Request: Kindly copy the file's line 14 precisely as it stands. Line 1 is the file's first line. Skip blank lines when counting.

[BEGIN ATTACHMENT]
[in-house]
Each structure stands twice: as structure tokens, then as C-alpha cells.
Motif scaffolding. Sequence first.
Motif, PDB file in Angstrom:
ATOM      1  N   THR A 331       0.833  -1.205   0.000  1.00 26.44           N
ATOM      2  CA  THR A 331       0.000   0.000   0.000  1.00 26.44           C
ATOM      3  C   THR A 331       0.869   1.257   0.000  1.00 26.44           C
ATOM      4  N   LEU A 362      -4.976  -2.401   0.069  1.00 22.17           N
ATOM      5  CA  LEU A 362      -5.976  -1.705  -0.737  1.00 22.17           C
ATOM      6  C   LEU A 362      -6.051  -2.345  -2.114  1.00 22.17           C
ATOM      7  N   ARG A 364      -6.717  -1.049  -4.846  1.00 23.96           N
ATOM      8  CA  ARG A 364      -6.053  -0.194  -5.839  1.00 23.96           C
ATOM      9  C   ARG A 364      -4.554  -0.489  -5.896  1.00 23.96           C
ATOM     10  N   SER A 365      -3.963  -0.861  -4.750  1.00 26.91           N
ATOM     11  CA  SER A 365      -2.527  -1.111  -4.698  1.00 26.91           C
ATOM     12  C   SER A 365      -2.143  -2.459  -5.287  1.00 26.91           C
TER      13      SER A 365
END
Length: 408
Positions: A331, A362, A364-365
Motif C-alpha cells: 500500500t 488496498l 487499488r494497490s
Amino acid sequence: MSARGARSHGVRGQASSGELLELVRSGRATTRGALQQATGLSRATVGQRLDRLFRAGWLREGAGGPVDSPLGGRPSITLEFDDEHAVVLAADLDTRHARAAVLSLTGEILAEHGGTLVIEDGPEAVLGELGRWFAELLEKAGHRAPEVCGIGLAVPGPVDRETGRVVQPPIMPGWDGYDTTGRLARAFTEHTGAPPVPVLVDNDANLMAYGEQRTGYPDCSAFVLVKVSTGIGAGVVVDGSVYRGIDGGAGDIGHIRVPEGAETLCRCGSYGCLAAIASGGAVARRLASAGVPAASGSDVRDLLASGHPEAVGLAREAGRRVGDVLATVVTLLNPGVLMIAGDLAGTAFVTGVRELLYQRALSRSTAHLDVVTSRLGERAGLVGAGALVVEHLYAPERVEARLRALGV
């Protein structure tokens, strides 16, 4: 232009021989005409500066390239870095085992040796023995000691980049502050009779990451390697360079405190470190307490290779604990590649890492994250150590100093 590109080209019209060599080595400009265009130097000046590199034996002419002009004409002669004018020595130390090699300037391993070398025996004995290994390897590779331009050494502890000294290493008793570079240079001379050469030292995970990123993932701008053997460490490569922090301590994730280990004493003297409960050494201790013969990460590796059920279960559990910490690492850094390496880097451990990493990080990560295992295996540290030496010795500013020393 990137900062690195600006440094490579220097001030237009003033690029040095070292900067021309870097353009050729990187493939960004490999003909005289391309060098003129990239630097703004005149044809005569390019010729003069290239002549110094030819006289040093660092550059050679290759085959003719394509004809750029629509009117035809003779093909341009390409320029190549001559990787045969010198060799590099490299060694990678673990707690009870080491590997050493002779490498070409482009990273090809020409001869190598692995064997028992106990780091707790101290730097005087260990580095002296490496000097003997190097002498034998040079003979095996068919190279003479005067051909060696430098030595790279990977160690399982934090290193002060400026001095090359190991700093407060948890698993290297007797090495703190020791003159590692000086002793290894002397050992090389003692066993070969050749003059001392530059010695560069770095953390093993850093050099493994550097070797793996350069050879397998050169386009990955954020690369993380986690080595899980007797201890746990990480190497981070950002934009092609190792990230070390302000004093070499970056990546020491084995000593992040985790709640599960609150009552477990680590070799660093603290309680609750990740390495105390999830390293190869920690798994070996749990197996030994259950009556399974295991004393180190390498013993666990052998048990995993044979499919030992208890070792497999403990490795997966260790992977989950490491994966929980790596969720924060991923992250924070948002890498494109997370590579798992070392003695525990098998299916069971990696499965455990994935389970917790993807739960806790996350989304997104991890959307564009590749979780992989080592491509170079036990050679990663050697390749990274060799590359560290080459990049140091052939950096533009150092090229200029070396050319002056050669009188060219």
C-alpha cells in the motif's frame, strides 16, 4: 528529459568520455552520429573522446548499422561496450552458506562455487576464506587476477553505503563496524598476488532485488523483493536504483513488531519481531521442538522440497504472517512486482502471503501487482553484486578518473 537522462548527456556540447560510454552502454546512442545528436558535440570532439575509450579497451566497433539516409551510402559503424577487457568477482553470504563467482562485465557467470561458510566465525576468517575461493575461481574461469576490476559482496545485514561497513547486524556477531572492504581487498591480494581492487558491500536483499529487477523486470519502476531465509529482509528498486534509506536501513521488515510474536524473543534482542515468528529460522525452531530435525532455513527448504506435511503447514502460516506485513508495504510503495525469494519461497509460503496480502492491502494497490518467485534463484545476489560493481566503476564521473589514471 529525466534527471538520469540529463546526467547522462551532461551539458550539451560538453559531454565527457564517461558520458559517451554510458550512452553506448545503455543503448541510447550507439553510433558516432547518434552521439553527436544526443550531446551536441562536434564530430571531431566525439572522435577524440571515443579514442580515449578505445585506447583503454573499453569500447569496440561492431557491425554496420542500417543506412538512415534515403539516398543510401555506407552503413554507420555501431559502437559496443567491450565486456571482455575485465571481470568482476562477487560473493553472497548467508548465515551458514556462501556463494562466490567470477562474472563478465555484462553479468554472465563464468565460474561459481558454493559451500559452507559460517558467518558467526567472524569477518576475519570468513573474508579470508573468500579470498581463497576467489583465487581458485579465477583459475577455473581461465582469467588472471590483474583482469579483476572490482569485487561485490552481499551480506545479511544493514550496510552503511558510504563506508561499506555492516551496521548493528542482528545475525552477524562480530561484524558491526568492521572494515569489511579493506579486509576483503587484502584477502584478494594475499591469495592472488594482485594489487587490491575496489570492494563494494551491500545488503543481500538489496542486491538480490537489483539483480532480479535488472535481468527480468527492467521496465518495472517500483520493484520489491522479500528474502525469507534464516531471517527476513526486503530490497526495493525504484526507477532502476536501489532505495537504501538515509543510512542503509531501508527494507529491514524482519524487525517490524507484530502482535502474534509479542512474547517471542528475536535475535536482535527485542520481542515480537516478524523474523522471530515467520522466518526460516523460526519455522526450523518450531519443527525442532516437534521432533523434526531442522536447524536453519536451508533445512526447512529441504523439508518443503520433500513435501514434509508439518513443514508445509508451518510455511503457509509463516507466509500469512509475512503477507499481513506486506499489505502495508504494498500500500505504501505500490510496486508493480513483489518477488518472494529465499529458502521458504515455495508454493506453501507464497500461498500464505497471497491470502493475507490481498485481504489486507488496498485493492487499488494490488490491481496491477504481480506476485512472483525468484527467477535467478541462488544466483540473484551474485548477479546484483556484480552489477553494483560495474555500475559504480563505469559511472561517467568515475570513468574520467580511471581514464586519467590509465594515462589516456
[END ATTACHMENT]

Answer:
ATOM     10  N   SER A 365      -3.963  -0.861  -4.750  1.00 26.91           N